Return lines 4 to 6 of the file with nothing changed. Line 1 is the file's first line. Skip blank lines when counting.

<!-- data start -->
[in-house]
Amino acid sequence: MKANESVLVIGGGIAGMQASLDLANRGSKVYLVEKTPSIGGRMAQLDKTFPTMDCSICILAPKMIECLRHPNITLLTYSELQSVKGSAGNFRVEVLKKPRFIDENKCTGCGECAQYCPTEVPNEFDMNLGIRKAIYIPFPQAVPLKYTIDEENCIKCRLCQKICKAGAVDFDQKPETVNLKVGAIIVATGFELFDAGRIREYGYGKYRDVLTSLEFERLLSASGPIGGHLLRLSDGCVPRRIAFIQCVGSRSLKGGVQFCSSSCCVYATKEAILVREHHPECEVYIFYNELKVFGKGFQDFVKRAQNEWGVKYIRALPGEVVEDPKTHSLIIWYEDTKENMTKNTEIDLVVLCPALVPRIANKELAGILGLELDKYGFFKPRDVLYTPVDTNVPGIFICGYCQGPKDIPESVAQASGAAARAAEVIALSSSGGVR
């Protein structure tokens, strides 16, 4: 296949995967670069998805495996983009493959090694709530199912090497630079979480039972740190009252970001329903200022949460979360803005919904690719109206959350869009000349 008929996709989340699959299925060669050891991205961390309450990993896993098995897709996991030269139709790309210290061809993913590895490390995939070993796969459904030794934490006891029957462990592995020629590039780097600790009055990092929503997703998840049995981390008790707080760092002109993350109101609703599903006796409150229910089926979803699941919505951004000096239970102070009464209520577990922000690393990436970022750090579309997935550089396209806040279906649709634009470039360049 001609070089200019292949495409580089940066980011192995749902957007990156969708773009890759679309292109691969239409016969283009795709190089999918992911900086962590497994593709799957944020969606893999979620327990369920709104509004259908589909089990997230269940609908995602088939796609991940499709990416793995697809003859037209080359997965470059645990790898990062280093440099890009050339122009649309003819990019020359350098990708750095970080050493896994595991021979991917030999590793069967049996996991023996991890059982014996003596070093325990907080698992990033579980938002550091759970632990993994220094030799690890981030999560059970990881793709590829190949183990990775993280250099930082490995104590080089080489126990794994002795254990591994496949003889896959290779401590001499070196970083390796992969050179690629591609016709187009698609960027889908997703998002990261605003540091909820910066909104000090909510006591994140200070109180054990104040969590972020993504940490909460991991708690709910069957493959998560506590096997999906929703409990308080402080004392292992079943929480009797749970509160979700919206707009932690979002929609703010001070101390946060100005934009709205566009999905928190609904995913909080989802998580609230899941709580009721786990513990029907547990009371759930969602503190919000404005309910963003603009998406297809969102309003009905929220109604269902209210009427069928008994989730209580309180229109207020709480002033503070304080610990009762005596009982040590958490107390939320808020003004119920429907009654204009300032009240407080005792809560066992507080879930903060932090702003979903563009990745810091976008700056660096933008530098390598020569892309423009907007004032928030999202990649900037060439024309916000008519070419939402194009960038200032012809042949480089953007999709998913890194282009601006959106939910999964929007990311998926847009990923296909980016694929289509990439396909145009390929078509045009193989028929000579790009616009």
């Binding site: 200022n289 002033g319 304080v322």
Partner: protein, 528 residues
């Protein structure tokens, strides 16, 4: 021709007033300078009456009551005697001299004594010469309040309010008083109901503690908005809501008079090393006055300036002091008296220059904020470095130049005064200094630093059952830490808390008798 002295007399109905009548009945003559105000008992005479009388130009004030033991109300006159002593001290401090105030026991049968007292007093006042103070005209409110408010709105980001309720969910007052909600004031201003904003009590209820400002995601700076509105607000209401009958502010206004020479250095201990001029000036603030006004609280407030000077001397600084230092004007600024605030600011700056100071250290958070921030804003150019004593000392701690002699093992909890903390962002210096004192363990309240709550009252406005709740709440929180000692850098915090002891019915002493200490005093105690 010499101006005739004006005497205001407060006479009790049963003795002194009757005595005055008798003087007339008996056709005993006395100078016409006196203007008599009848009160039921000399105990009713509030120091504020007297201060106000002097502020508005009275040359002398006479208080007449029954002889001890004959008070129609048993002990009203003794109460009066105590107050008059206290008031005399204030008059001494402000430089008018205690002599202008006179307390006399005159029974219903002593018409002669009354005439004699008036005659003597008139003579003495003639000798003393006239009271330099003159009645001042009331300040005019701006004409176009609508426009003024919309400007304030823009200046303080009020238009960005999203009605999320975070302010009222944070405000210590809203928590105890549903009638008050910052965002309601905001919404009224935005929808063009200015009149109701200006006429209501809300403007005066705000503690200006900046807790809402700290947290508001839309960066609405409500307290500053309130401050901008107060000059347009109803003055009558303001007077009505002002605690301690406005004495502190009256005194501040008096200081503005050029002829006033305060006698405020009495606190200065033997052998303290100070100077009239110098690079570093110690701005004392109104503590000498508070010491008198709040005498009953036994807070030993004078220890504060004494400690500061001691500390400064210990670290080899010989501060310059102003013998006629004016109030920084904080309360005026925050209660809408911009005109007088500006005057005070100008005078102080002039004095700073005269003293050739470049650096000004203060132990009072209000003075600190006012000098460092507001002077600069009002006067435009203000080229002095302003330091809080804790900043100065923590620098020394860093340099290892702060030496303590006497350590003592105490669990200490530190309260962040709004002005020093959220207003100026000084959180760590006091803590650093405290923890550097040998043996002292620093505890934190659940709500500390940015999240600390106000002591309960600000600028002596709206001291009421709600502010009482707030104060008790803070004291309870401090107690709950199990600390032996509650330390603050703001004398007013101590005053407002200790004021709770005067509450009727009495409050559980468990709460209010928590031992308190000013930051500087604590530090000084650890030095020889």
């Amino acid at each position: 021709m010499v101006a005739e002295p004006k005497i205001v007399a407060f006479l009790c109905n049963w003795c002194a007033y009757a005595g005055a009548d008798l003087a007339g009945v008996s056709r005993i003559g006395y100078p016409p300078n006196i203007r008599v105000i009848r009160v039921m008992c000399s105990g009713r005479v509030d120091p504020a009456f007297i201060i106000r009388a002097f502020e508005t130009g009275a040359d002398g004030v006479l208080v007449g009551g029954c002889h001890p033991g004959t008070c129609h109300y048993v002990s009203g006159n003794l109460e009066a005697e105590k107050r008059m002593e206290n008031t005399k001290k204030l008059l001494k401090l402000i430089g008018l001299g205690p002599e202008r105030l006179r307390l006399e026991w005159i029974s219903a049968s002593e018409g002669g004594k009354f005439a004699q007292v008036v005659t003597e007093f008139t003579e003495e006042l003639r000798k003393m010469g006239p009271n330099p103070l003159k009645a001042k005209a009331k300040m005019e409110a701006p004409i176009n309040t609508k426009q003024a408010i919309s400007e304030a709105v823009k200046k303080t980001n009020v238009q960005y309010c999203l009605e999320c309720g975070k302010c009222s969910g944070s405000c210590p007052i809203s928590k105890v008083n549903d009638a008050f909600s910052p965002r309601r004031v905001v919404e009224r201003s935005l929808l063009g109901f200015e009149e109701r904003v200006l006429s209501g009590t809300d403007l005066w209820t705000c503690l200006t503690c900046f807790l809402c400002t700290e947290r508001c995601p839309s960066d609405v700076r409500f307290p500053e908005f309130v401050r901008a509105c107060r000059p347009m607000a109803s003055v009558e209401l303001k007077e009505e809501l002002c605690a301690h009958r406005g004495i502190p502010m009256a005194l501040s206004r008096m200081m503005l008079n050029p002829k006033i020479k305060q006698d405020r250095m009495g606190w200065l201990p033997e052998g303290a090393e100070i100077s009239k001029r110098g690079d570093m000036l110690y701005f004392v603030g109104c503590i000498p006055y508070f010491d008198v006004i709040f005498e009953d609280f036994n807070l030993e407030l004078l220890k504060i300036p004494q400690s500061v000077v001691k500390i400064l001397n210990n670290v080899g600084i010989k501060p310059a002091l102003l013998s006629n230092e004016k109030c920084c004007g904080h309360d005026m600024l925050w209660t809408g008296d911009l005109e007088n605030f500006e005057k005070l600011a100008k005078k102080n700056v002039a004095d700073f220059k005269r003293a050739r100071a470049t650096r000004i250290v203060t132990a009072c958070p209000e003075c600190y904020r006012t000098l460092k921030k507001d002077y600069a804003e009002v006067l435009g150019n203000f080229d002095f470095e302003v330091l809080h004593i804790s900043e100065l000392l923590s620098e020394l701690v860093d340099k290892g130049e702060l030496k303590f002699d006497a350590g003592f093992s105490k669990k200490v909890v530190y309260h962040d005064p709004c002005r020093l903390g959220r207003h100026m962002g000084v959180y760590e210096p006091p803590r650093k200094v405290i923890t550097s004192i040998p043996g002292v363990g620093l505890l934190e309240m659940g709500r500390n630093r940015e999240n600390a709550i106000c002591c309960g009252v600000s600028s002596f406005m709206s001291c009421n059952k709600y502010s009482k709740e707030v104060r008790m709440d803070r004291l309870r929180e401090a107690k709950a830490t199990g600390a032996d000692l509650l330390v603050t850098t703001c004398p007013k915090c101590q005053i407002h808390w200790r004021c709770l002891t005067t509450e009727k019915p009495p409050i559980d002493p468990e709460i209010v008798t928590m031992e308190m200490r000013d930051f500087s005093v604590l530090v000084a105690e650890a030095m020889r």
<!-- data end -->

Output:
């Binding site: 200022n289 002033g319 304080v322």
Partner: protein, 528 residues
């Protein structure tokens, strides 16, 4: 021709007033300078009456009551005697001299004594010469309040309010008083109901503690908005809501008079090393006055300036002091008296220059904020470095130049005064200094630093059952830490808390008798 002295007399109905009548009945003559105000008992005479009388130009004030033991109300006159002593001290401090105030026991049968007292007093006042103070005209409110408010709105980001309720969910007052909600004031201003904003009590209820400002995601700076509105607000209401009958502010206004020479250095201990001029000036603030006004609280407030000077001397600084230092004007600024605030600011700056100071250290958070921030804003150019004593000392701690002699093992909890903390962002210096004192363990309240709550009252406005709740709440929180000692850098915090002891019915002493200490005093105690 010499101006005739004006005497205001407060006479009790049963003795002194009757005595005055008798003087007339008996056709005993006395100078016409006196203007008599009848009160039921000399105990009713509030120091504020007297201060106000002097502020508005009275040359002398006479208080007449029954002889001890004959008070129609048993002990009203003794109460009066105590107050008059206290008031005399204030008059001494402000430089008018205690002599202008006179307390006399005159029974219903002593018409002669009354005439004699008036005659003597008139003579003495003639000798003393006239009271330099003159009645001042009331300040005019701006004409176009609508426009003024919309400007304030823009200046303080009020238009960005999203009605999320975070302010009222944070405000210590809203928590105890549903009638008050910052965002309601905001919404009224935005929808063009200015009149109701200006006429209501809300403007005066705000503690200006900046807790809402700290947290508001839309960066609405409500307290500053309130401050901008107060000059347009109803003055009558303001007077009505002002605690301690406005004495502190009256005194501040008096200081503005050029002829006033305060006698405020009495606190200065033997052998303290100070100077009239110098690079570093110690701005004392109104503590000498508070010491008198709040005498009953036994807070030993004078220890504060004494400690500061001691500390400064210990670290080899010989501060310059102003013998006629004016109030920084904080309360005026925050209660809408911009005109007088500006005057005070100008005078102080002039004095700073005269003293050739470049650096000004203060132990009072209000003075600190006012000098460092507001002077600069009002006067435009203000080229002095302003330091809080804790900043100065923590620098020394860093340099290892702060030496303590006497350590003592105490669990200490530190309260962040709004002005020093959220207003100026000084959180760590006091803590650093405290923890550097040998043996002292620093505890934190659940709500500390940015999240600390106000002591309960600000600028002596709206001291009421709600502010009482707030104060008790803070004291309870401090107690709950199990600390032996509650330390603050703001004398007013101590005053407002200790004021709770005067509450009727009495409050559980468990709460209010928590031992308190000013930051500087604590530090000084650890030095020889």